This is not a fluffy contemporary romance. It is a beautiful coming-of-age story about discovering yourself and having the courage to be that person, no matter what.
Cameron Post is 12 years old, and in bed kissing her best friend when she gets word that her parents have been killed in a car crash. Although heartbroken and devastated, she is also relieved that they will never find out she’d been kissing a girl.
Living in any small town can be challenge enough for a typical teenager. But when Cam’s grandmother and aunt Ruth (a born-again Christian) move in to care for her, her life changes drastically. The freedom she felt as a child gives way to a cage made from her own guilt and her guardians’ narrow views.
Then in junior year of high school, Coley Taylor arrives. She is stunningly beautiful, smart, funny. And Cam falls in love with her. Coley likes boys. But she also likes Cam. And she is not prepared for the conflict that faces her.
Cameron is lovely. She is smart and charming and athletic and foul-mouthed and a thief. She smokes dope and drinks and is fiercely loyal to her friends. She is complicated and straight forward and sure of her feelings, but still hides them, acknowledging the uphill climb she faces in her conservative town. She grows throughout the story, from a nervous, curious, 12-year-old to a self-conscious then self-assured then devastated 16-year-old. I absolutely love her.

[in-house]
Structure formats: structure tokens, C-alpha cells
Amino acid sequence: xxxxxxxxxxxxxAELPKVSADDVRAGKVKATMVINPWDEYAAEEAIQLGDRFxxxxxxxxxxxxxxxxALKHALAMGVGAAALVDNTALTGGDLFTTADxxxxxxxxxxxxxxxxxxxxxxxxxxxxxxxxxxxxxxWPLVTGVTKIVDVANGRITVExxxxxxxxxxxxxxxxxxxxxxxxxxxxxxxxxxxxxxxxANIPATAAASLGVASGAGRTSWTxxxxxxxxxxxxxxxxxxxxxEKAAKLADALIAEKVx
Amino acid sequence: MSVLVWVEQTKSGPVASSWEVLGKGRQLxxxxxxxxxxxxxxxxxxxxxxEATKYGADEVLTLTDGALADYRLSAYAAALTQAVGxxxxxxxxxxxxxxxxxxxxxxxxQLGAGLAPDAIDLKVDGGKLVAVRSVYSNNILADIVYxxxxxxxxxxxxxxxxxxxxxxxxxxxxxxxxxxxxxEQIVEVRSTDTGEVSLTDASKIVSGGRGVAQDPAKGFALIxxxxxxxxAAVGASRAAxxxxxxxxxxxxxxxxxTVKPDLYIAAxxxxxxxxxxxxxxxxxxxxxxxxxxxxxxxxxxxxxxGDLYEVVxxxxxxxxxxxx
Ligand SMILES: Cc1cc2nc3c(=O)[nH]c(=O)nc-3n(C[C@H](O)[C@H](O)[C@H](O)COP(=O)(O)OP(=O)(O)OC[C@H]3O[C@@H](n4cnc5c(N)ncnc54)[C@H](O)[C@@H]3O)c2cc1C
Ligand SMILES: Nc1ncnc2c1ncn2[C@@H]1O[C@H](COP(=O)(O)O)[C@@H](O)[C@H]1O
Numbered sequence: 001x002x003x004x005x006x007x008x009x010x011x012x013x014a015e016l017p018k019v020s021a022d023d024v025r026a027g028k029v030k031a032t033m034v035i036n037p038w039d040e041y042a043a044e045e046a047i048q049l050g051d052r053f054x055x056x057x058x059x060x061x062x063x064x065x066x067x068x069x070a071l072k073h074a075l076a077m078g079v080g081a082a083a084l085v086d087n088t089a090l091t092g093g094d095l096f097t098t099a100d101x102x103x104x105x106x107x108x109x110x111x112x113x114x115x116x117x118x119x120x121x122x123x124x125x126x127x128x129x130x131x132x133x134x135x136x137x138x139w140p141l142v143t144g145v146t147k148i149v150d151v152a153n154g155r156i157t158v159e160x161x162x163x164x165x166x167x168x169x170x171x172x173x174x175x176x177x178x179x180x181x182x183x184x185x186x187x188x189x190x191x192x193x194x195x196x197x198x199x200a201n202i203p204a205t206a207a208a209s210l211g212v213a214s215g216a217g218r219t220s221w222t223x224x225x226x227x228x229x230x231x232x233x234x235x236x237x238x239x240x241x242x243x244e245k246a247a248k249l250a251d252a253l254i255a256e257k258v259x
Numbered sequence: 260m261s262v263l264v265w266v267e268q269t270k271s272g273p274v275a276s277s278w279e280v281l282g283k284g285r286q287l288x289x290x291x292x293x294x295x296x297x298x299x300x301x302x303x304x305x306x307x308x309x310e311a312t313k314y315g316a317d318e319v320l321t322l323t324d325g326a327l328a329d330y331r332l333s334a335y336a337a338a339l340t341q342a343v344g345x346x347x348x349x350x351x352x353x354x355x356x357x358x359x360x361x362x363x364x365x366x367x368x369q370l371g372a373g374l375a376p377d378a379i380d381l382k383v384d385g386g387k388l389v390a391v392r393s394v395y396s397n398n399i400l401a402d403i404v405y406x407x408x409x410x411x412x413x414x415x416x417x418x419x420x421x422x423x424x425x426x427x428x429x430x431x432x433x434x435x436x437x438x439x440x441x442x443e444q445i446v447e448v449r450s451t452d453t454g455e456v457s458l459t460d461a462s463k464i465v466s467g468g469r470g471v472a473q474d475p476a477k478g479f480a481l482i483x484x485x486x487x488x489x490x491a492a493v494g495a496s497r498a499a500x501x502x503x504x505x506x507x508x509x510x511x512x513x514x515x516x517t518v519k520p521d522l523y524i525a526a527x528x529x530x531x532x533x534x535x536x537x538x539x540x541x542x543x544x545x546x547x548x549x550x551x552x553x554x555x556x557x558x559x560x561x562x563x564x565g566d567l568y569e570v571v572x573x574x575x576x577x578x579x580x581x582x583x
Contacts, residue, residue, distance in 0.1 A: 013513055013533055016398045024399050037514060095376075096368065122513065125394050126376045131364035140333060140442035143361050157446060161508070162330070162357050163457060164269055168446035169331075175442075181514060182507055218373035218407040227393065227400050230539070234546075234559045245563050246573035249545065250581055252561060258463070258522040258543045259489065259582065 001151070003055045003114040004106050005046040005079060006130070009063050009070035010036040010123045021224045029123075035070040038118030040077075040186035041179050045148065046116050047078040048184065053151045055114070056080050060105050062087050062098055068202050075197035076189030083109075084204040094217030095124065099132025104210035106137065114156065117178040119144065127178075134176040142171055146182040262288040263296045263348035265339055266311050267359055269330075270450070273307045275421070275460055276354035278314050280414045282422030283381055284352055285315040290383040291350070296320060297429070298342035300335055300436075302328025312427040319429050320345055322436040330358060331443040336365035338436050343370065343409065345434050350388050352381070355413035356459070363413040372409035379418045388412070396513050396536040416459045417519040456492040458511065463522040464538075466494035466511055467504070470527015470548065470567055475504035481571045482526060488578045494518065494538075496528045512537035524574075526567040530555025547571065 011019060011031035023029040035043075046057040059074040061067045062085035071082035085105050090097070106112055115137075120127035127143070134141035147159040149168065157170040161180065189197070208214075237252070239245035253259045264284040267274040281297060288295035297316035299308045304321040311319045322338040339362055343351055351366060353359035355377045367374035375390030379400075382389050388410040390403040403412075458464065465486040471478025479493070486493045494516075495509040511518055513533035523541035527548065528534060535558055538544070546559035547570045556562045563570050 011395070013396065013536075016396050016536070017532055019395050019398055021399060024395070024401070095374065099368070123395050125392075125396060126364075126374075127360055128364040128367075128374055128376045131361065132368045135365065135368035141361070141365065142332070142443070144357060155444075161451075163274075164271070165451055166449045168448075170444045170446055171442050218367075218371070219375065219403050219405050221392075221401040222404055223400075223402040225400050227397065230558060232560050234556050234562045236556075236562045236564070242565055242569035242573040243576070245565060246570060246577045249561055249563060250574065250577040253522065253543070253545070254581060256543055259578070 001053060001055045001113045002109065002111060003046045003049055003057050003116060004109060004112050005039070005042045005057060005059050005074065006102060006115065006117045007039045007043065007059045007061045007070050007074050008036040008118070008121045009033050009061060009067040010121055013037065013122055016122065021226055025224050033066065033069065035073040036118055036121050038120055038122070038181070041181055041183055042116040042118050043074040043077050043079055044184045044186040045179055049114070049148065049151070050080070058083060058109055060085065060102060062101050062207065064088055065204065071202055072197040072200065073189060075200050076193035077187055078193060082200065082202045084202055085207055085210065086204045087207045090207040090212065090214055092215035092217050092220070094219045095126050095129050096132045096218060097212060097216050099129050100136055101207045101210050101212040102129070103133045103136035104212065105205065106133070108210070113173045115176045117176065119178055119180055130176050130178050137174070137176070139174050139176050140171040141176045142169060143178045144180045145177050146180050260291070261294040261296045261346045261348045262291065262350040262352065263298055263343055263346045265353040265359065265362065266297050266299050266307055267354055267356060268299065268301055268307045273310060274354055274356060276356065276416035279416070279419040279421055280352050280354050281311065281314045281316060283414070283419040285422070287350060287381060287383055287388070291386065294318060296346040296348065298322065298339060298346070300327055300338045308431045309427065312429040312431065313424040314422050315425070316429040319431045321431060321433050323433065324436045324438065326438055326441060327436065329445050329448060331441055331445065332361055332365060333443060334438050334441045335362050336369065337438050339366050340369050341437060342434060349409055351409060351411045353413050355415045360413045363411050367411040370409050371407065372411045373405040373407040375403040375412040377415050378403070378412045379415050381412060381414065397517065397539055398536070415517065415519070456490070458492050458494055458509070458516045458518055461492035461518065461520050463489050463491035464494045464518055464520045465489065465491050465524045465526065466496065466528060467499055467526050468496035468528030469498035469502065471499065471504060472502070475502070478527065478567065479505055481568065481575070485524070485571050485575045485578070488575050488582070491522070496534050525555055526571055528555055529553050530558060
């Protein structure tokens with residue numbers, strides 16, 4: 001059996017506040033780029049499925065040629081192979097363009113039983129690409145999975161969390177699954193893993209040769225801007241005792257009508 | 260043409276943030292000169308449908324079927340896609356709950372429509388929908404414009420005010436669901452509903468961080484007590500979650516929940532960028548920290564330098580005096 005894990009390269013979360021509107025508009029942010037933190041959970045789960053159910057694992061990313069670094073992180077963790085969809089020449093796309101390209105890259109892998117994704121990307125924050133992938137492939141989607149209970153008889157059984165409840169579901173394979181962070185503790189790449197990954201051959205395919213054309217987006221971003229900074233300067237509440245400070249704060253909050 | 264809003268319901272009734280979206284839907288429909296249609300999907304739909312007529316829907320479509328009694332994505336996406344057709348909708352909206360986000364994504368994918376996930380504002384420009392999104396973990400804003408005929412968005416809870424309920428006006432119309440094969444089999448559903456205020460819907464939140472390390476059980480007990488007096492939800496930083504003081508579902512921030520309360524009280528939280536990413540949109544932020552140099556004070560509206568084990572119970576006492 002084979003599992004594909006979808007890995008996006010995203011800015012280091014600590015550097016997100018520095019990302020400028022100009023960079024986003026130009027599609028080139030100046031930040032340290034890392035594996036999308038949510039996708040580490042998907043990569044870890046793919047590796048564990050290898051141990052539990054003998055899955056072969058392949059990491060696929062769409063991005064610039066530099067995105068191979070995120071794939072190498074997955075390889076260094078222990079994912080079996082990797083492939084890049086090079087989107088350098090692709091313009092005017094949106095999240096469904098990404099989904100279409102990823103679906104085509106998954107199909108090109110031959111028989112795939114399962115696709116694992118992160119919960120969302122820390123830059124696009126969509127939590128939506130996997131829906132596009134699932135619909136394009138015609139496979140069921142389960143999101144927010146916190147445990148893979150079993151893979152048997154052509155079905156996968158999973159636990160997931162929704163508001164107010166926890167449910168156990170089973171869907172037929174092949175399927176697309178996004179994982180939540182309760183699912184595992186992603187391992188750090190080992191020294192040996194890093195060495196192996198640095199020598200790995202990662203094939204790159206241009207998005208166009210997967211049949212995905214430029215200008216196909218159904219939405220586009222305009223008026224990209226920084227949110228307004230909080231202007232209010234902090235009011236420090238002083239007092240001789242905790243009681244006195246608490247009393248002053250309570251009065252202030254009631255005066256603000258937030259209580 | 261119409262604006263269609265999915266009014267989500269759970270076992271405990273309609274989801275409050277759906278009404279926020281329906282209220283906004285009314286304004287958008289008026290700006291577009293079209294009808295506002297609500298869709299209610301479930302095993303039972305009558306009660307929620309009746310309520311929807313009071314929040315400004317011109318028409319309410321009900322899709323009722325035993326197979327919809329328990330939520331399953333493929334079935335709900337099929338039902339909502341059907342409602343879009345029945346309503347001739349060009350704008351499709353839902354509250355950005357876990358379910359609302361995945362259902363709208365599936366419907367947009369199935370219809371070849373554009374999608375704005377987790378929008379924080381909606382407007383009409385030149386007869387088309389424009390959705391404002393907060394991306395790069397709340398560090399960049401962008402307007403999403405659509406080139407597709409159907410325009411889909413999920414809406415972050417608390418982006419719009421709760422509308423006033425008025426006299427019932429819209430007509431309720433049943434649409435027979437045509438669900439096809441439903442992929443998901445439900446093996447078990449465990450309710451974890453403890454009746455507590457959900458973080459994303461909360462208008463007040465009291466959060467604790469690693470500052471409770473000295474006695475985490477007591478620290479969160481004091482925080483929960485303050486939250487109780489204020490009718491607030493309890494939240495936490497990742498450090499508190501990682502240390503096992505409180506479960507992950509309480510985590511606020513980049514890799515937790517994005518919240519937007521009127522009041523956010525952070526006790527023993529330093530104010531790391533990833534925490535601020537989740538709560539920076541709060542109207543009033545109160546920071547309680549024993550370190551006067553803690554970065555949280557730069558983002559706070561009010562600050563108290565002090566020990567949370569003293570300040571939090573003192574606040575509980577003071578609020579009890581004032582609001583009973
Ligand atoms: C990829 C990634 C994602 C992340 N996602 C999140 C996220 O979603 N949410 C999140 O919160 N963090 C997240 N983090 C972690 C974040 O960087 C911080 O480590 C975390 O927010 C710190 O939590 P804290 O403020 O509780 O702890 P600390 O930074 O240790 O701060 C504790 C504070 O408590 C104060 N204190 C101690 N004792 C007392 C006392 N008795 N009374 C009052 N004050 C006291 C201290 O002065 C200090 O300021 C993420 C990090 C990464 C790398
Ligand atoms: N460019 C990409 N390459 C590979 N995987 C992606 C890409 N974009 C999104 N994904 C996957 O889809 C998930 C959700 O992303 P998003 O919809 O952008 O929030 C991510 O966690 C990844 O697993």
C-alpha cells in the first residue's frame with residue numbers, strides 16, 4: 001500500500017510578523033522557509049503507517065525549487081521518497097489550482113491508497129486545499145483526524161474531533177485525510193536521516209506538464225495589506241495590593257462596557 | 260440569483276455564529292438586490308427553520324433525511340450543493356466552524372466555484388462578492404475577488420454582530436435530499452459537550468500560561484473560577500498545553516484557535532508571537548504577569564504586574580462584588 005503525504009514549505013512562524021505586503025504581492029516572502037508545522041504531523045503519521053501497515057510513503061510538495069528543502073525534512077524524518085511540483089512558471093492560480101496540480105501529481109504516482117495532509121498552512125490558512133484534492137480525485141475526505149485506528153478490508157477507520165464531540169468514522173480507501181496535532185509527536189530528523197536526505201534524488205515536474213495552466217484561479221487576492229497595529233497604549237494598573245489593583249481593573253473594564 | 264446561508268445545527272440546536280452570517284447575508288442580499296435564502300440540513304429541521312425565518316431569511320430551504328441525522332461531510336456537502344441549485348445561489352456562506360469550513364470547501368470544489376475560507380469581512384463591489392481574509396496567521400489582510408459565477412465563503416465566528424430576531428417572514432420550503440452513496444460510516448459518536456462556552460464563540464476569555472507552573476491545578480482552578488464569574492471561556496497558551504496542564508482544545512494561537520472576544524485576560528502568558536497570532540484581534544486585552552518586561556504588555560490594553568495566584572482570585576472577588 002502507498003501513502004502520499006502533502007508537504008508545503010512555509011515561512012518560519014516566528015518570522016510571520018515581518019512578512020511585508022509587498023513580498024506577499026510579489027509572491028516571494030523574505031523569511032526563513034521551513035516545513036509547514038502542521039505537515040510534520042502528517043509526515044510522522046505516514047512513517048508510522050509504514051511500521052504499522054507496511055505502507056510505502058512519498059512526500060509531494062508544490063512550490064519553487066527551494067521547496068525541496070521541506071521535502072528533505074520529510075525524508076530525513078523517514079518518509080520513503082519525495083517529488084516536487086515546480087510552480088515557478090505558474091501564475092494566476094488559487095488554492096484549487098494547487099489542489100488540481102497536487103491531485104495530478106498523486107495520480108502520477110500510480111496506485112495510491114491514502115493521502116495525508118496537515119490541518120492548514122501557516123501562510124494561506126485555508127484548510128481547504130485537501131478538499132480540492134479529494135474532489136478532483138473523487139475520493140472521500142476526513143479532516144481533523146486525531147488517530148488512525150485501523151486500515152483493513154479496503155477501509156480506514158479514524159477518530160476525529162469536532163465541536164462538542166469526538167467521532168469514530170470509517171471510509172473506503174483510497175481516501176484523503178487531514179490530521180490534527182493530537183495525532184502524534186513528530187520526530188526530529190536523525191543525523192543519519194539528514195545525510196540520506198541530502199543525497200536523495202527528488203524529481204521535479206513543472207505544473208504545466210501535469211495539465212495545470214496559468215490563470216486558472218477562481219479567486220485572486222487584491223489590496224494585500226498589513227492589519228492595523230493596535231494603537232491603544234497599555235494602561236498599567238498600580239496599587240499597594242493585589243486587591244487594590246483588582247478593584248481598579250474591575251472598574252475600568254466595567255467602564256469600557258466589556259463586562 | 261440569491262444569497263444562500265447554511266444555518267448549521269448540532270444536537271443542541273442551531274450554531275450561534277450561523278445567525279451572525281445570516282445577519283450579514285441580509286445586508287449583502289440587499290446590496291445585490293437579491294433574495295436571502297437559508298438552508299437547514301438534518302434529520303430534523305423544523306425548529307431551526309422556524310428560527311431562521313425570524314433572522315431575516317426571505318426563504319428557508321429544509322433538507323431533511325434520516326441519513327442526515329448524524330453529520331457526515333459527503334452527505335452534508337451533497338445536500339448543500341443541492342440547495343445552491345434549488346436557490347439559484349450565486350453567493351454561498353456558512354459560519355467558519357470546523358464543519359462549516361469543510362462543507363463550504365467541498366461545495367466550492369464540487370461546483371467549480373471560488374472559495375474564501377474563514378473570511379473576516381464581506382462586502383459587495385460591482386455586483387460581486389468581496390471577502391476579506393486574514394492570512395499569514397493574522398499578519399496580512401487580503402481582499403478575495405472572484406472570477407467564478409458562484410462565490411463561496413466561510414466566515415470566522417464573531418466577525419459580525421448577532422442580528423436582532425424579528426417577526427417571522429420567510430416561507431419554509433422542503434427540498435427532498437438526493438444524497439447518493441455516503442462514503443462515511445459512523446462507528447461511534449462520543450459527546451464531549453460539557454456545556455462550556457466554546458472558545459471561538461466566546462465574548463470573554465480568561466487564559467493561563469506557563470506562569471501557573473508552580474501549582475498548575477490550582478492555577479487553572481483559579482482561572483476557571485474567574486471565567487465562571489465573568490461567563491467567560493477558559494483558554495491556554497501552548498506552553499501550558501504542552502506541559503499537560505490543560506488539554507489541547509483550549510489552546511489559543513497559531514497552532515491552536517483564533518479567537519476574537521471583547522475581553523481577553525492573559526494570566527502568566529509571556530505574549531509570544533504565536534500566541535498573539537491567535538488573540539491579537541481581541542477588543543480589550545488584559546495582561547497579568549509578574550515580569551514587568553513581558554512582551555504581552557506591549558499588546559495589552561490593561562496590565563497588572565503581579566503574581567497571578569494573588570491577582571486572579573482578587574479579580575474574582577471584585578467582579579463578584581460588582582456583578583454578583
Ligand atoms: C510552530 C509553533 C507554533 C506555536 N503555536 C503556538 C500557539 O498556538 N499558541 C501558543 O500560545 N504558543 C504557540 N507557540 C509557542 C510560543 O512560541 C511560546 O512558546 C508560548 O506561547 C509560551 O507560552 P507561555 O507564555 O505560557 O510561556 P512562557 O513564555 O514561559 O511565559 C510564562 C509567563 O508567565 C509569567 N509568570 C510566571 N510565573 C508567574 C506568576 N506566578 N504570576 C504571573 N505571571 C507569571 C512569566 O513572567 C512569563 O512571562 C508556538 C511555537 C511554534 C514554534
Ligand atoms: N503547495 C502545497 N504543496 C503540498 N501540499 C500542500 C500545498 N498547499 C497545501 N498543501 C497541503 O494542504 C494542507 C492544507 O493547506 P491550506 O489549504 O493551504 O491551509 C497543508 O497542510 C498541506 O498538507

And what I love the most is her absolute authenticity. Gay or straight, teens struggle with their identities throughout those confusing and difficult years. Even with the most supportive parents and friends, figuring out who you are can be a trial for the most confident teen. Cameron’s loneliness and confusion during prom as she watches Coley dancing with her boyfriend are feelings every teen has experienced. She had me in tears more than once.
The novel deals with sexual encounters, drugs, and many other mature themes. While the graphic details are, for the most part, left out, the themes are handled with honesty and frankness, not circumvented or hidden behind euphemisms.
The secondary characters in the story are just as authentic as Cam. Irene, who grows apart from Cam, and never really understands the guilt either of them feels. Jamie, Cam’s best friend who understands her more than she wants him to, who has her back. Lindsey, the out-and-proud young lesbian who becomes a soulmate. Coley, who struggles with her feelings. Ruth and Grandma, who can only trust that God will “fix” her.
The teens at Promise, trying to change, living with the knowledge that everyone they love feels that they are broken and terrible human beings, that something is wrong with them. The struggle between faith and reality is heart wrenching to witness at times. But two residents, Jane and Adam, become confidants and partners-in-crime and Cam slowly learns to release her guilt and sadness.
The story is well paced, for the most part. There are a few places where it slows down, and takes time to get moving again, but that is a minor quibble for an otherwise excellent read.
Emily Danforth’s debut novel sneaks up on you. Her lovely writing and universal message hit you at the most unexpected times. It is appropriate for the mature YA reader.
The Miseducation of Cameron Post was published February 7th, 2012 by Balzer + Bray.